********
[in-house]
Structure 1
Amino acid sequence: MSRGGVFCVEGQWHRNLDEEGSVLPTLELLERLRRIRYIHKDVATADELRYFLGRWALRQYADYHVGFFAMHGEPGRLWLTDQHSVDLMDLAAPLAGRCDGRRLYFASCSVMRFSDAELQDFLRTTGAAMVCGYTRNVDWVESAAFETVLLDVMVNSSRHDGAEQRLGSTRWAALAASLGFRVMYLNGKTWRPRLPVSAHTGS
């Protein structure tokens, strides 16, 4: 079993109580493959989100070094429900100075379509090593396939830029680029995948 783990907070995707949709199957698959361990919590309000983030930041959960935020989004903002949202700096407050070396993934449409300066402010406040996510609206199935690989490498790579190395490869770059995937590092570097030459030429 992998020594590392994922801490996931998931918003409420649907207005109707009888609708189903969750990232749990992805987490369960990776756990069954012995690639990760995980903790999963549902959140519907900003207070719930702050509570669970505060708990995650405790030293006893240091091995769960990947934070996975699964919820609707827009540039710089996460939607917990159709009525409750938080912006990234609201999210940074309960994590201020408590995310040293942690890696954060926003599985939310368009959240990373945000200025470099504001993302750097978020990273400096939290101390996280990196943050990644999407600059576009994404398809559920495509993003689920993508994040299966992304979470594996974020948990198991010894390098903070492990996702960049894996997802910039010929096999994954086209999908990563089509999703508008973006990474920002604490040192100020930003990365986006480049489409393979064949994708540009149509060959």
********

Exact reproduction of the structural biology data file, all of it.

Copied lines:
[in-house]
Structure 1
Amino acid sequence: MSRGGVFCVEGQWHRNLDEEGSVLPTLELLERLRRIRYIHKDVATADELRYFLGRWALRQYADYHVGFFAMHGEPGRLWLTDQHSVDLMDLAAPLAGRCDGRRLYFASCSVMRFSDAELQDFLRTTGAAMVCGYTRNVDWVESAAFETVLLDVMVNSSRHDGAEQRLGSTRWAALAASLGFRVMYLNGKTWRPRLPVSAHTGS
């Protein structure tokens, strides 16, 4: 079993109580493959989100070094429900100075379509090593396939830029680029995948 783990907070995707949709199957698959361990919590309000983030930041959960935020989004903002949202700096407050070396993934449409300066402010406040996510609206199935690989490498790579190395490869770059995937590092570097030459030429 992998020594590392994922801490996931998931918003409420649907207005109707009888609708189903969750990232749990992805987490369960990776756990069954012995690639990760995980903790999963549902959140519907900003207070719930702050509570669970505060708990995650405790030293006893240091091995769960990947934070996975699964919820609707827009540039710089996460939607917990159709009525409750938080912006990234609201999210940074309960994590201020408590995310040293942690890696954060926003599985939310368009959240990373945000200025470099504001993302750097978020990273400096939290101390996280990196943050990644999407600059576009994404398809559920495509993003689920993508994040299966992304979470594996974020948990198991010894390098903070492990996702960049894996997802910039010929096999994954086209999908990563089509999703508008973006990474920002604490040192100020930003990365986006480049489409393979064949994708540009149509060959």